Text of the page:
Sending your child to a day care center or a home-based child care provider has benefits and disadvantages, but children are adaptable and usually thrive in settings where adults genuinely care about them. Before enrolling your child in a program, meet with the staff and tour the home or facilities to get a feel for the environment. You can also ask questions about daily schedules, class size and the type of care provided. Babysitters and nannies also offer child care, but their services are usually provided in your home.
Socialization is a positive skill that your child learns when she attends a child care program. Day care teachers and in-home child care professionals strive to provide an environment that encourages playful, safe and enjoyable interactions between children. Children learn to share, handle conflicts, find resolution, show kindness and apologize for misbehavior. Most child care facilities have a small child-to-adult ratio, so teachers are able to engage students in conversation on a regular basis.
Public and private day care centers are usually required by the state in which they're located to have a sufficient number of trained and qualified staff to supervise children. Infants and toddlers are less self-sufficient than preschoolers, so they require more personnel. In-home child care providers and day care staff often have education and experience in early childhood, so they know how to create age-appropriate activities that encourage development. Child care facilities are decorated and organized for young children, so they can explore arts and crafts, play dress-up, engineer structures with blocks, create make-believe stories and play indoor and outdoor games.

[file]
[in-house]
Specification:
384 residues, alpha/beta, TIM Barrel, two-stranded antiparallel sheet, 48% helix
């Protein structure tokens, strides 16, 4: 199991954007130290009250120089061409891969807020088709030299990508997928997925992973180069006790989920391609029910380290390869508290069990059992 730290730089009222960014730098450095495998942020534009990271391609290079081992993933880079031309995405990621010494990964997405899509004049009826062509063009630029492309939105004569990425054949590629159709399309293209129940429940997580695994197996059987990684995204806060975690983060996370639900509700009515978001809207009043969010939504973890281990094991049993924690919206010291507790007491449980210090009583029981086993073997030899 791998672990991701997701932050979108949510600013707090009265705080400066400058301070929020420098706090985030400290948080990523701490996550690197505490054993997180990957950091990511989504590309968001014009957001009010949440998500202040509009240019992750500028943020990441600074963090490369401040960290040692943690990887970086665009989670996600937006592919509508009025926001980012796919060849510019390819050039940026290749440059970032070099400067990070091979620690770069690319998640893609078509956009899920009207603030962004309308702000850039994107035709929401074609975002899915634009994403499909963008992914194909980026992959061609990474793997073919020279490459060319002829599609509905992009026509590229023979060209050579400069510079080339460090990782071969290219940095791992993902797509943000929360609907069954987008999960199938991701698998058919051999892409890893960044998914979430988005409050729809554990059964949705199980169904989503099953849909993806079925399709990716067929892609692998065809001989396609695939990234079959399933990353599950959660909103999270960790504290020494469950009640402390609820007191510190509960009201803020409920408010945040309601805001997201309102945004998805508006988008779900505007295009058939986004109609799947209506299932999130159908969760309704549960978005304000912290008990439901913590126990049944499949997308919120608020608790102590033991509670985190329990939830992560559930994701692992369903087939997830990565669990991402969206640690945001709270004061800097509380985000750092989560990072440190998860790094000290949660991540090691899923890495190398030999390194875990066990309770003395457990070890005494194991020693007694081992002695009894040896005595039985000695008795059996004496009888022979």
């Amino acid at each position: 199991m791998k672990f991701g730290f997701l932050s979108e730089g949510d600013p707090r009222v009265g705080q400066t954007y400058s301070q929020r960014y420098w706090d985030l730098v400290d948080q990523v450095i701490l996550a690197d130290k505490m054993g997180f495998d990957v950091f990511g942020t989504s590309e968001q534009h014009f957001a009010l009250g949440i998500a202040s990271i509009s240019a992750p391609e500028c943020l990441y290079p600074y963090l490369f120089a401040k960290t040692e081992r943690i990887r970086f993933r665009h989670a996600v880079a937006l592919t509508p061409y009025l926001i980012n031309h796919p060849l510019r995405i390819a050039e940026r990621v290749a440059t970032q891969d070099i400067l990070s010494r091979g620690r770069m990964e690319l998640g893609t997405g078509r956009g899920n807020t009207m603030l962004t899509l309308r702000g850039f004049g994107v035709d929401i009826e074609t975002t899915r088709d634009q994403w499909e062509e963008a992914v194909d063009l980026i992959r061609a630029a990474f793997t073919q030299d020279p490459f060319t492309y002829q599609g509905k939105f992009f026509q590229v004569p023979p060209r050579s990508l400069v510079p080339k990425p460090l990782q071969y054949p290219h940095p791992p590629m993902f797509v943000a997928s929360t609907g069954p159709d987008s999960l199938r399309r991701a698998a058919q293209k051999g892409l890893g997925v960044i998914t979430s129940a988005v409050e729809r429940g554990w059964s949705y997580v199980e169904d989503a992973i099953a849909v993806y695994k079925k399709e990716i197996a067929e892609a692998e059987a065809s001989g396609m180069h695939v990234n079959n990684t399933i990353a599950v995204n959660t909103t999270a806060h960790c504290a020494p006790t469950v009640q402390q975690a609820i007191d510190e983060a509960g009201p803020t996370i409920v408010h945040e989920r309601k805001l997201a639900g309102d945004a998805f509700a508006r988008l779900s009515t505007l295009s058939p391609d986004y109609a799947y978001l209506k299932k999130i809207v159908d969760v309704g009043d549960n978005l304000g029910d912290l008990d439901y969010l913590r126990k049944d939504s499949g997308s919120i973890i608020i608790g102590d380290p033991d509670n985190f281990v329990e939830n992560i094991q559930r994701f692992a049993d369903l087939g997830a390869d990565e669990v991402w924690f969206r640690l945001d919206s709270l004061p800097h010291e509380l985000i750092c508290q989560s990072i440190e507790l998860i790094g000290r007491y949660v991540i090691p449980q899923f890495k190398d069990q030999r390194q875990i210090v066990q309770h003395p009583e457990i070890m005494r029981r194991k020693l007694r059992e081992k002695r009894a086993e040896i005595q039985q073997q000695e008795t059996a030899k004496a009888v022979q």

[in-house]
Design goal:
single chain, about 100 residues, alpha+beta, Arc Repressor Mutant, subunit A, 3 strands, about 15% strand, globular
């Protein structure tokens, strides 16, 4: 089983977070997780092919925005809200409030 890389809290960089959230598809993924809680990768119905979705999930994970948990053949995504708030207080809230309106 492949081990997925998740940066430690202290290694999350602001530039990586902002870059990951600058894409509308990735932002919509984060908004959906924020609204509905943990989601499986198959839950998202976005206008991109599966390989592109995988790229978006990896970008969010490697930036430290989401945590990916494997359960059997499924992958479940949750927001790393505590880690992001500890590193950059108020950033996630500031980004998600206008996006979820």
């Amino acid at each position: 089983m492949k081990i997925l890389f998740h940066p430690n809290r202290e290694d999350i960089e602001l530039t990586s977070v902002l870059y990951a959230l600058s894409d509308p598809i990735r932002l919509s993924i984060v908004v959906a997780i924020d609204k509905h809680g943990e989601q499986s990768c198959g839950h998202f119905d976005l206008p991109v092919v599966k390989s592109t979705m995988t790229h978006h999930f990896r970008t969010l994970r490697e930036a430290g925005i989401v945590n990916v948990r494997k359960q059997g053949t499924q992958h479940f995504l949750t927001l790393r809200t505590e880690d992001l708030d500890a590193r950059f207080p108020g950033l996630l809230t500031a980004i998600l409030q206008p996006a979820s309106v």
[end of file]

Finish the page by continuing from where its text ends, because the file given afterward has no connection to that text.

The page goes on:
Flexibility and Availability
Even though child care facilities have advantages, many don't have the staff to facilitate every parent's work schedule or child care needs. Day care centers aren't always flexible, and many have specific hours of operation. Parents are expected to drop off and pick up their children on time, regardless of their work demands. Day care centers also have strict guidelines concerning communicable diseases, so sick children aren't allowed to stay and must be sent home. Some day care centers and in-home providers close for the holidays, so parents are expected to find supplemental care during those times of the year. Well-respected home care providers and day care centers often have a waiting list, and availability is limited.
A negative of sending a child to a day care facility or an in-home provider is cost. Costs can be especially high for children with special needs and infants because they require constant care. According to the BabyCenter website, in July 2011, monthly day care costs for babies and toddlers ranged from $380 to $1,564. In-home costs were slightly less, ranging from $300 to $1,000 per month. Care for toddlers was the least expensive, ranging from $315 to $956 a month.